- About Us
- Local Savings
- Green Editions
- Legal Notices
- Weekly Ads
Connect with Us
Bainbridge Island rowers help UW take national title
Two former Bainbridge Island rowers helped the Huskies win the 2014 Intercollegiate Rowing Association championship Sunday, June 1, in New Jersey as part of the University of Washington mens varsity four team.
Harrison King, a UW freshman as well as the team’s man at the bow, and James Erving, a sophomore, both competed with the BHS team at the high school level before graduating.
The Huskies’ varsity four boat reportedly began the race in an evenly matched and tightly packed start before pulling ahead late in the race’s first half.
The team finished with a final time of 6:21.322. In second place was Brown, with 6:24.619, and California placed third with 6:27.615.
The team coxswain is Joshua Klein. The program is led by Head Coach Michael Callahan.
All together, the UW men’s rowing program took home three gold medals as well as one silver and one bronze from the championship event. The mens varsity eight team won the fourth straight championship for the Huskies, their 17 overall.
According to the UW, only three programs have ever won four straight titles since the IRA was first held in 1895.
But the standout performances by UW rowers — and a couple of former Spartans — caught few island rowers by surprise.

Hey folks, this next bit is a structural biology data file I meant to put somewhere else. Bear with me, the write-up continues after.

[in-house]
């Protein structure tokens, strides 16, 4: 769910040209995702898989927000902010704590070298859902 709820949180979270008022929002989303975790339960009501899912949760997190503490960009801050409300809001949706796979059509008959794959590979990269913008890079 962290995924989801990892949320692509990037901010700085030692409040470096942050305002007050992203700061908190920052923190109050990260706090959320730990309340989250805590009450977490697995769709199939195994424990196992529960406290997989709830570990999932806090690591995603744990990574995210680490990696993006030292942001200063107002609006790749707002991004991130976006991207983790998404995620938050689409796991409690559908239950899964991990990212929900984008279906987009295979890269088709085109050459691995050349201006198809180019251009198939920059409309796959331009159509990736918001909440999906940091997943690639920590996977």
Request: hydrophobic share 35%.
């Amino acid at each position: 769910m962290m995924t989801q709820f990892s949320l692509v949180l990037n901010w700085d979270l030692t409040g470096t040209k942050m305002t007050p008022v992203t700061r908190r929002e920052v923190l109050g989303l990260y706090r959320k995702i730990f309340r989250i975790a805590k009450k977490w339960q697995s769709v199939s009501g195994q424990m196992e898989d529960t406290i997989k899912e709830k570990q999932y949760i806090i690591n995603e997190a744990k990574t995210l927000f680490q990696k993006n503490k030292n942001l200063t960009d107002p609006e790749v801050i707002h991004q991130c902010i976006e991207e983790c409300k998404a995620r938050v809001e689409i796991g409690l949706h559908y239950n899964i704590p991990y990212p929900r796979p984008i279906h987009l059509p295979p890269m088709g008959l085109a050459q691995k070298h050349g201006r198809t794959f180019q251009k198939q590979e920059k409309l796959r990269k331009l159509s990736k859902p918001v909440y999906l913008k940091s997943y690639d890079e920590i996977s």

“The Huskies are so dominant right now,” said Spartan Head Coach Tim Goss. “Callahan has it nailed and the guys work real hard.”
This season marked Goss’ eighth with the Bainbridge program. He said that he remembers both King and Erving as very competitive athletes.
“We’re very proud of them,” he said of the recent graduates. “Just to be on the [UW] team is huge.”
Goss remembered that both King and Erving started rowing very young. Erving got into the sport as a BHS freshman, Goss said, and King actually began rowing in eighth grade, then stepped away from the team to concentrate on other sports before finally returning to rowing in his junior year.
“I know they’re some of the most competitive kids out of the program,” he laughed. “It impresses me that they stuck with it. The Huskies program is grueling and will burn some of the kids out.”
To be a successful rower, Goss said, an athlete must be in top physical condition and able to coordinate well as part of a team under pressure.
“A lot of it comes from within themselves,” he explained. “We say when we introduce them to the sport that what we teach them is something you can do your whole life. There’s a lot of joy and fun to be had in working so hard.”